the body’s immune system and lead to depression, heart attack, cancer, high blood pressure, high cholesterol, and other serious medical conditions. Stewing over old hurts drains your energy, your enthusiasm, and your ability to engage fully in life. In contrast, other studies have found that forgiveness can boost your self-esteem and make a positive change in your attitude. Some cardiac patients who received forgiveness education even had improved heart functioning. So instead of asking, “How could they do this to me?” maybe you should be asking “How can I continue to do this to myself?” Refusing to let go of hurt can also take a toll on other relationships. You bore your (remaining) friends to death with the thousandth dramatic retelling of your oppressor’s character flaws or your latest plot for revenge. You may also become distant from those you really care about, have difficulty maintaining emotional intimacy, and be reluctant to trust again. Perhaps most important, by holding a grudge, you cede control over your life and your happiness to the person who wronged you. You allow toxic thoughts and feelings to dominate today, and tomorrow as well. Doc Childre, coauthor of “The HeartMath Solution” refers to this as letting other people live “rent-free” in your head, while they continue to hurt you each time you think about what they did. But as long as you are wrapped up in playing the victim, you miss the opportunity to take back control by leaving them and their ability to hurt you behind. 2. Choose to start forgiving, even if you’re not sure you can finish. Perhaps the hardest part about embarking on the path to forgiveness is that the destination can seem so far away, you think you’ll never get there. But think of it as driving at night. Sure, it’s dark, you can’t see your destination, and your headlights illuminate only the next few yards ahead. Yet you take the leap of faith and embark on that journey, knowing that you’ll eventually find your way, one mile at a time. The choice to start on the journey to forgiveness is just that – a decision, fueled by faith, to move toward something that’s out of sight. Forgiveness means turning on the headlights and starting down the road. 3. Work to forgive yourself first. If you’re having trouble forgiving someone, it may be because you also need to forgive yourself – for trusting the wrong person, or for the way you reacted when things got ugly. My friend Shawna, 30, recently realized that beneath her inability to forgive her ex was the fact that she needed to forgive herself for putting up with his bad behavior for so long. The anger, disappointment,

and shame we feel toward ourselves sometimes eats away at our ability to love and accept ourselves. And while it can be easy to cut someone else out of your life, you can never walk away from you. By acknowledging that you make mistakes, too, you can recognize your own limitations and love yourself anyway. 4. Cultivate compassion for the person who hurt you. Now, let’s not be Pollyannaish – this often seems like too much to ask. Thinking in any sort of positive light about someone who has hurt or betrayed you will be a struggle, especially at first. But the truth of the matter is that, given where your antagonists are in their lives, and the emotions and issues they have, they may not be able to make different choices. They may not be ready to commit to a real relationship, treat a colleague as a friend rather than a competitor, or be gracious rather than grabby. They may not be ready to give up the alcohol, the gossiping, or the greed because of their own discomfort with themselves. This realization helped Shawna start forgiving her ex, instead of thinking of him as the black-hatted villain who had carelessly stomped on her heart, she began to perceive him as a more complicated human being. “I saw that he’s grappling with some genuinely painful family issues, so he may not be ready or able to change those patterns in his own relationships, “she says. If you can eventually tell a sympathetic story about what the other person is struggling with, you’re in the homestretch. 5. Draw lessons that redeem the experience. Most people I’ve asked say that what helped them forgive was replacing the toxic thoughts with something positive they could take from the experience. When they tell the story now of that episode in their lives, they describe their own contributions to the problems or missed signals they now watch for, or they express pride that they made it through the pain to find happiness on the other side. As Shawna learned, it’s easiest to feel forgiveness from the security of having landed in a better place, professionally or personally. So start heading toward that better place, rather than dillydallying in this cesspool of sadness and anger. Are we there yet? Probably not. That’s why I think one of the silliest answers you can give to “Will you forgive me?” is “Yes, I forgive you.” It just doesn’t happen instantaneously. A more honest answer? “Yes, I’m going to forgive you. I’ll keep you posted.” The funny thing about finally arriving at a place called FORGIVEN is that it sneaks up on you when you’re speeding along, paying attention to what’s good in your life. Then one day you think back on “the incident,” and it no longer has the emotional charge it once did. You find you’ve forgotten to update the emotional ledger you were keeping of slights committed and apologies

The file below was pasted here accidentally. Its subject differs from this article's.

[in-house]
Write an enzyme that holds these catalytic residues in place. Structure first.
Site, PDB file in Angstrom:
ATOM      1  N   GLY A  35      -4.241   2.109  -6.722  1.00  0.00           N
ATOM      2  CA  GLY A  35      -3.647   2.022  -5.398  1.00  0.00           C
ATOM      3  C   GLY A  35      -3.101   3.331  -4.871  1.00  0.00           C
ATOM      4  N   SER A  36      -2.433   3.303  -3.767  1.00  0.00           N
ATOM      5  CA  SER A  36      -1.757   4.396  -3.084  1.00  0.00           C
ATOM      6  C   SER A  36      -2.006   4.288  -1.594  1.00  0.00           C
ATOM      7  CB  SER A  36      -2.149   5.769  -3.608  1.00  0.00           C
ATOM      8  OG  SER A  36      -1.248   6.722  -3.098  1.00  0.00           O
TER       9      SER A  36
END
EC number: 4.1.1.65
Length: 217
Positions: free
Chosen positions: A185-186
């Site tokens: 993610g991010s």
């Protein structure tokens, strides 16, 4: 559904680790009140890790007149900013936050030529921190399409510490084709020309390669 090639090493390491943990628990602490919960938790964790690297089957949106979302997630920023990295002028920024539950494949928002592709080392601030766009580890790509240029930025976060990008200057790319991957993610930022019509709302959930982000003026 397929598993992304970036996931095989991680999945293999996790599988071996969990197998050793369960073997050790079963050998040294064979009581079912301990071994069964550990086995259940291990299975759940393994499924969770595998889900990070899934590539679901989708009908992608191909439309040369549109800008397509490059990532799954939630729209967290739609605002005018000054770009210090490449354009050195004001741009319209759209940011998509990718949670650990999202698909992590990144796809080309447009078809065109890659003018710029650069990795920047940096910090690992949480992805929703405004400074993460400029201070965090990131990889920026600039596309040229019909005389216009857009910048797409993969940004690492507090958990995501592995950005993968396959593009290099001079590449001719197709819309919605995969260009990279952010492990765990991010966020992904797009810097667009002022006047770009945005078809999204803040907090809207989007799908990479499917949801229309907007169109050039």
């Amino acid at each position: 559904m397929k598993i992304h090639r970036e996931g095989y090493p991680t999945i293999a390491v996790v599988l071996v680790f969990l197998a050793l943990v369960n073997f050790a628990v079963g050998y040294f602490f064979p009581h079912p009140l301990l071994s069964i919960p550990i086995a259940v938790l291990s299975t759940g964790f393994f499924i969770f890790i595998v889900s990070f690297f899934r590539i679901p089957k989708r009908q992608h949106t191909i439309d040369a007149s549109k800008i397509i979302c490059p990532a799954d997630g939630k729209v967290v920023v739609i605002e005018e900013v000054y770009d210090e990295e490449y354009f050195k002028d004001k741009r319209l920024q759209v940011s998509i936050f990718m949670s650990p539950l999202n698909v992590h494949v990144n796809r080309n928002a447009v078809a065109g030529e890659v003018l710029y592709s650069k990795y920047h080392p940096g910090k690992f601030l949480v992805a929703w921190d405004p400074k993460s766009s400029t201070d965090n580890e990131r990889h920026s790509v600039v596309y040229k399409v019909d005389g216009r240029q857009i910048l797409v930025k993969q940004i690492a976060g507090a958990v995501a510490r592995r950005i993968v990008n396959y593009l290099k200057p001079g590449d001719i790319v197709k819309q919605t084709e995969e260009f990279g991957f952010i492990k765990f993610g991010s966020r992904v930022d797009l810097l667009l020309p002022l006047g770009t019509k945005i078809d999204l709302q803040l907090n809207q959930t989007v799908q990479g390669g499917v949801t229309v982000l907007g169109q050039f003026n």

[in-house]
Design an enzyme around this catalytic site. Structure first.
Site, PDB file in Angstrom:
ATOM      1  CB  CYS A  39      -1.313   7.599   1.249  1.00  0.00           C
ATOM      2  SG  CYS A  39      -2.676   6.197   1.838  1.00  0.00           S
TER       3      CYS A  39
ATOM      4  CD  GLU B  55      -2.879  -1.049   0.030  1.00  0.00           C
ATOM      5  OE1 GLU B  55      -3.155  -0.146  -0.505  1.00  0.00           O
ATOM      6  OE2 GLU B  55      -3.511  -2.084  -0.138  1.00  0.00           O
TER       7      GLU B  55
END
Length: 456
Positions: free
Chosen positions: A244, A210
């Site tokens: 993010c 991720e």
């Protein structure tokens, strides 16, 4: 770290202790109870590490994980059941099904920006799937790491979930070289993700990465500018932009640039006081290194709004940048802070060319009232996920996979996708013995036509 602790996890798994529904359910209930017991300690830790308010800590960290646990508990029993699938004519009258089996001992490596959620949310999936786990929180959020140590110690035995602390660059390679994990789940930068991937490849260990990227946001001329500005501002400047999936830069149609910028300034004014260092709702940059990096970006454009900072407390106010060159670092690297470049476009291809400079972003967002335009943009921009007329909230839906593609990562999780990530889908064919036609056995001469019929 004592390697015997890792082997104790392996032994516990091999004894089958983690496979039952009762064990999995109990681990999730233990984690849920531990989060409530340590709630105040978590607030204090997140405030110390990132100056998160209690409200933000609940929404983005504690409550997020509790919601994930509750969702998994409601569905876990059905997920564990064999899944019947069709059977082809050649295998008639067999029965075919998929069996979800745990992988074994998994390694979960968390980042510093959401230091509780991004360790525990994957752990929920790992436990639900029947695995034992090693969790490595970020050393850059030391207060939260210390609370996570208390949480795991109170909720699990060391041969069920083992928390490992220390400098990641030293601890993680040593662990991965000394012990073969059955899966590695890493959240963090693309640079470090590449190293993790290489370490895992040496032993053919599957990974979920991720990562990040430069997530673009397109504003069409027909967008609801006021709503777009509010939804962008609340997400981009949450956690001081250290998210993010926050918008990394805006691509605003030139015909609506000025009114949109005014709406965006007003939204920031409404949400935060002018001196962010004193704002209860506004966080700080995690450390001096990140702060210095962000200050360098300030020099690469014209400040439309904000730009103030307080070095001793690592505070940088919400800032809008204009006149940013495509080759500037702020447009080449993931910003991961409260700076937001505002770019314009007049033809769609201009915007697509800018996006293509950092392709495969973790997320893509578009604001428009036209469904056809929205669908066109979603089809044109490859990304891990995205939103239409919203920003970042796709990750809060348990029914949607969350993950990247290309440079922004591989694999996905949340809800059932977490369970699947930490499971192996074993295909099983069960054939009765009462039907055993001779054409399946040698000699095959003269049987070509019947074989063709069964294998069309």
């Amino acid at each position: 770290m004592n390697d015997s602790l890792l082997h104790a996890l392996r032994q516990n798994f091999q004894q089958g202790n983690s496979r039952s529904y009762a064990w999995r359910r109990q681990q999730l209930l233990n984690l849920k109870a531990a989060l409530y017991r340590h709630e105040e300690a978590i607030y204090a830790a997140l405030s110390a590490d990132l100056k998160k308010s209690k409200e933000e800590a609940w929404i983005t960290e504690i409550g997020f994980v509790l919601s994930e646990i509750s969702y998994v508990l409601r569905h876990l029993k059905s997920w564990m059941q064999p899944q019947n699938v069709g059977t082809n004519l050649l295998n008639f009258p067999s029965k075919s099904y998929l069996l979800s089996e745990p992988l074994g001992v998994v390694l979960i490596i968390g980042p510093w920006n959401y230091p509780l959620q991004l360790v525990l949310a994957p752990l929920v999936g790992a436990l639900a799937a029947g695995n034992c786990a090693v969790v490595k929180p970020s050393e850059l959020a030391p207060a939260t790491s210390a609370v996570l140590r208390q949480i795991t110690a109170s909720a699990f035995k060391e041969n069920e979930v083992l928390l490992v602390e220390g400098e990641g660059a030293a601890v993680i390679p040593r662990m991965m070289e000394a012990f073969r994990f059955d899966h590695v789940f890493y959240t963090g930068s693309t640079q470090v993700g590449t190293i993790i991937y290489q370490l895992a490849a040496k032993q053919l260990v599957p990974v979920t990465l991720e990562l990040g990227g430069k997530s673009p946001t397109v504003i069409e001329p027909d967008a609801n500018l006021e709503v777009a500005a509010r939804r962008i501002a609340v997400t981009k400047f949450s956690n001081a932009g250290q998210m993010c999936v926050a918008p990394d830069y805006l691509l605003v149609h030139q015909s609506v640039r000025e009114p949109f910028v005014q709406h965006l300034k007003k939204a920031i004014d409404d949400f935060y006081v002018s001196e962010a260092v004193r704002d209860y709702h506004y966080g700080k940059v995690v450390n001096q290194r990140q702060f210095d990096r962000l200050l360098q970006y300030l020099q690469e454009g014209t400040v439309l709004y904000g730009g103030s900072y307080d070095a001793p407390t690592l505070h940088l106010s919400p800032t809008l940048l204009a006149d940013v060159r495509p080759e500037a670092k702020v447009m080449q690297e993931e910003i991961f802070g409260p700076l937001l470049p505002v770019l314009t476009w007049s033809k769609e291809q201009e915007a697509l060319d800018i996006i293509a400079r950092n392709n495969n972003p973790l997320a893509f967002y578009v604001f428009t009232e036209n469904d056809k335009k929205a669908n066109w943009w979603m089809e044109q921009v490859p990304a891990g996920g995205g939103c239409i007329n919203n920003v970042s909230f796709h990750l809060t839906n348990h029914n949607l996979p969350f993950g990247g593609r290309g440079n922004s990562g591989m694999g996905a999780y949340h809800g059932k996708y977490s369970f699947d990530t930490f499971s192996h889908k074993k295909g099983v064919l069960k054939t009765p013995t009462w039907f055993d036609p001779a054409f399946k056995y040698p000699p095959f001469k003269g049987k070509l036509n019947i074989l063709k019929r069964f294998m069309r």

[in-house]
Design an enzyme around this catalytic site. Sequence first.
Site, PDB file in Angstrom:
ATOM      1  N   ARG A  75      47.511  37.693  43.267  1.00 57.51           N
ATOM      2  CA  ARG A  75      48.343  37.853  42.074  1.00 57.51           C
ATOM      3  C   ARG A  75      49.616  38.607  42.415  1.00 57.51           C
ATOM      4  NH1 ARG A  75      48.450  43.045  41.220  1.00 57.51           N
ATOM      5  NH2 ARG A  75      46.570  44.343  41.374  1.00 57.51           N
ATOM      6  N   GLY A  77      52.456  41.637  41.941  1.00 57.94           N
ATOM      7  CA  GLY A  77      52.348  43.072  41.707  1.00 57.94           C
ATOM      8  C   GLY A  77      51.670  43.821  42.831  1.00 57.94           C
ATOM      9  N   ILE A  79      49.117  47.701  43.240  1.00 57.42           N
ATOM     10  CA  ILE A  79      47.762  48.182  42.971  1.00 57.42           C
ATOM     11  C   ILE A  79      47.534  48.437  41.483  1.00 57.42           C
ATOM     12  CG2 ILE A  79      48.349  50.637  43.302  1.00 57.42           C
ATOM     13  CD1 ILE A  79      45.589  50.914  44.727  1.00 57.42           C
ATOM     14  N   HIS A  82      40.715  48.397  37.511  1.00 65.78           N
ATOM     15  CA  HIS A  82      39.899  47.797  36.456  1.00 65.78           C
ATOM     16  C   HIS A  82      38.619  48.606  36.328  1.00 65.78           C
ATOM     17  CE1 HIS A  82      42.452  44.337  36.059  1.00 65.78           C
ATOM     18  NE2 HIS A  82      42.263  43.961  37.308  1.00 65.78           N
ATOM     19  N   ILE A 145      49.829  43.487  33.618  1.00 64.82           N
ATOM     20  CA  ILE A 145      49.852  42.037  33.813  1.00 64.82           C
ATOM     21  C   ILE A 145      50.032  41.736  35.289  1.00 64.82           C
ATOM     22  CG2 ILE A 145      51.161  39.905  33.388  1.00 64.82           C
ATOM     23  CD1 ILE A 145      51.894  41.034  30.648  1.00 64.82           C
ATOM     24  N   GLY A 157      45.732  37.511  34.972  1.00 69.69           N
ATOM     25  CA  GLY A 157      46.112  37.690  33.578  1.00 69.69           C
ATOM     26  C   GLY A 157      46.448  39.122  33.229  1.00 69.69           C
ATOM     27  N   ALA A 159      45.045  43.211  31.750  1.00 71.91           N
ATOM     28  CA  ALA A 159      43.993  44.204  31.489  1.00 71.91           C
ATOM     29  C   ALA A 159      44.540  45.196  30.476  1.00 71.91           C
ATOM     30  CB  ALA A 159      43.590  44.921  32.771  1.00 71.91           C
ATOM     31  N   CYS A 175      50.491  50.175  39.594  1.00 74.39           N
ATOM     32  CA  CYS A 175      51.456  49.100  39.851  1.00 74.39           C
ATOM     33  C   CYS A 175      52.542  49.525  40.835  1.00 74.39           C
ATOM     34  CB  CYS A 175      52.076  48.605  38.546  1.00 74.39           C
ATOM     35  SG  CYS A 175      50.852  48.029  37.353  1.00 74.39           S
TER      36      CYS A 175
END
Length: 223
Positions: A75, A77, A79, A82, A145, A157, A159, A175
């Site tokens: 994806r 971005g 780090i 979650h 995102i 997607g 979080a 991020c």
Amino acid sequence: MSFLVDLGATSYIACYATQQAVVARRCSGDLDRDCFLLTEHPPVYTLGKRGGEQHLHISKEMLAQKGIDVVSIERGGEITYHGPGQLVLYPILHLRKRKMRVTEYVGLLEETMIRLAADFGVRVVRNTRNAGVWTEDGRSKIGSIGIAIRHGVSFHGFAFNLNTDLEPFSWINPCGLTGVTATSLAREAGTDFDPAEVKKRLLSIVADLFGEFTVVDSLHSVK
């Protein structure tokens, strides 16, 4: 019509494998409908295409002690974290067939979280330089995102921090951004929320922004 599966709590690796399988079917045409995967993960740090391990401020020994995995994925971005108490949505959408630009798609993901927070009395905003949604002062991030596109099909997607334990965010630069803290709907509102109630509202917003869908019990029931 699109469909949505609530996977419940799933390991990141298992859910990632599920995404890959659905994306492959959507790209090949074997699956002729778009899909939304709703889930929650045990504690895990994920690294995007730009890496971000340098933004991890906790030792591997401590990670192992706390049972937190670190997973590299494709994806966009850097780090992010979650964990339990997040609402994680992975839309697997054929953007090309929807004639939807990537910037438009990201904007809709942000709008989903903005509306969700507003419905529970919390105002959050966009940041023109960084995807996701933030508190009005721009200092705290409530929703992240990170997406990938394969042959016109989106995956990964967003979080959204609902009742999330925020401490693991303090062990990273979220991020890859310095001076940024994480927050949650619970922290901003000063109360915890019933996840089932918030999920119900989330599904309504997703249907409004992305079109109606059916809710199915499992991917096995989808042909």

owed. In fact, you can’t quite recall all the details of what was once marked there with an indelible Sharpie. Congratulations – you’ve arrived. Until then, give it time. It can take weeks, months, even years, to get over feeling disappointed, hurt, and angry, and don’t let anyone tell you otherwise. But every step brings you closer to freedom and your own happiness.